ColoradoSPH to address mental health disparities in cancer patientsColorado School of Public Health Dec 5, 2016
Lung cancer is the primary cause of cancer death among men and women in the United States and often spreads as malignant tumors into patients’ heads and necks, having a severe impact on basic living activities like breathing, eating and swallowing, leaving most patients to suffer from long-term dysfunction and disfigurement. These patients often have poorer quality of life, higher frequency of distress and higher risk of suicide compared with other cancer patients – and the risk of significant psychological distress increases if patients are also medically underserved.
The clinical trial began Dec. 1 at St. Mary's Medical Center in Grand Junction.
“These types of cancers are very devastating and have a low survival rate,” said Evelinn Borrayo, principal investigator and professor of community and behavioral health at the Colorado School of Public Health and of psychology at Colorado State University. “The physical disfigurement and its impact on patients and their caregivers makes lung, head and neck cancers among the most psychologically disturbing, intensifying the need to assess and target mental health needs and interventions, especially in underserved populations.”
With increased patient dysfunction and distress, patient caregivers are also at risk for a number of psychological conditions, including depression and anxiety symptoms. Borrayo notes that the objective of the study is to adapt, implement, and evaluate an intervention that has the potential to more effectively and efficiently provide mental health treatment to medically underserved lung, head and neck cancer patients and their caregivers. Clinicians, patients, and caregiver stakeholders who represent the target population will be key partners in the development, implementation and evaluation of the intervention.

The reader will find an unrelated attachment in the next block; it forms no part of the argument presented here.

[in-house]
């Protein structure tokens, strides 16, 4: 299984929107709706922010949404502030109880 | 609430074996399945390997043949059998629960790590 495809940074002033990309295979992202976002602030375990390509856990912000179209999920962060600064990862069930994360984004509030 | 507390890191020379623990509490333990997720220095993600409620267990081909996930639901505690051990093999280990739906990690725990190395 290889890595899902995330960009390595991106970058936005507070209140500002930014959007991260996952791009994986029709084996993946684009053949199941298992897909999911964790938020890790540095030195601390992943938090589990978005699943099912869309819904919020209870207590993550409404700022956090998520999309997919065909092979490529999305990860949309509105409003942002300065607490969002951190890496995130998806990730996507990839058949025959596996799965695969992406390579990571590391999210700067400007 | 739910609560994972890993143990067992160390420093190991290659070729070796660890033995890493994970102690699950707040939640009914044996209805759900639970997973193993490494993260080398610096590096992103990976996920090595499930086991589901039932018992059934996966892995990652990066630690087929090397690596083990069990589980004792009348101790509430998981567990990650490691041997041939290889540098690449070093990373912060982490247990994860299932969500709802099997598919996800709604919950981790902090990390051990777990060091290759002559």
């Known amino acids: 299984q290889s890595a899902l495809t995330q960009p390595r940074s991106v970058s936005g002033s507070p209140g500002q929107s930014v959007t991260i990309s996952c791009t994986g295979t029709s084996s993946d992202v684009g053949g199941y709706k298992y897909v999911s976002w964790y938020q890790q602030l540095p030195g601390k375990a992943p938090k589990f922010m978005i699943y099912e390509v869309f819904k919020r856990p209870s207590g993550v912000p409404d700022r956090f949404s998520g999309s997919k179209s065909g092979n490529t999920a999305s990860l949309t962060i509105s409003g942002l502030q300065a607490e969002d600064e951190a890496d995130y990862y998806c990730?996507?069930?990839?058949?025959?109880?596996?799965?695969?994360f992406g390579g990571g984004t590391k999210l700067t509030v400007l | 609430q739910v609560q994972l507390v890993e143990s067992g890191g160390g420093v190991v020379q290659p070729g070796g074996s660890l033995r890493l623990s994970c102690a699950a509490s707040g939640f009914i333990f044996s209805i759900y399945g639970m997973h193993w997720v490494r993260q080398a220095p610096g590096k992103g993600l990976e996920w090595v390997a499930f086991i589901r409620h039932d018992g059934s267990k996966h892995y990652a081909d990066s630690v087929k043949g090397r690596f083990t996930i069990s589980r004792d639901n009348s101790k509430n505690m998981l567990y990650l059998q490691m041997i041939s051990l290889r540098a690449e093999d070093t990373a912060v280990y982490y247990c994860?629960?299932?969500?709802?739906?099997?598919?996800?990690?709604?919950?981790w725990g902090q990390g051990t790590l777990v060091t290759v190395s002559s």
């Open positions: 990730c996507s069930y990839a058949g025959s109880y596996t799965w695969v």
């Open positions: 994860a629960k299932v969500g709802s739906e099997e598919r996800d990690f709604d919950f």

“There is a lack of mental health resources for cancer patients and their caregivers, especially in under-served communities and populations,” adds Borrayo. “They may not need a lot of support initially, but we are seeing that they need more evidence-based treatment aimed at decreasing psychological distress the further they get into their treatment regimens. With this grant, we will be able to document not only the mental health needs, but also the mental health disparities that exist in this unique cancer patient and caregiver population.”
“We don’t know how to deal with cancer,” said Joaquin Ramirez Arriaga, a Denver resident who was treated for laryngeal cancer at University of Colorado Hospital and Denver Health Hospital after being diagnosed in 2013. “After they told me I had cancer, I went from one hundred percent to forty percent – very depressed.”
Arriaga, a painter who often works outdoors, has been cancer-free for more than two years but said pain in his body, vocal problems and depression symptoms persist.
“We need to have more education on cancer,” he said.
Borrayo and her team in the Colorado School of Public Health’s Latino Research & Policy Center will work with medically underserved cancer patients and their caregivers at three Colorado hospitals over the next three years: Denver Health and Saint Joseph Hospitals in Denver, and St. Mary’s Medical Center in Grand Junction.
You can also read this story at Denverite.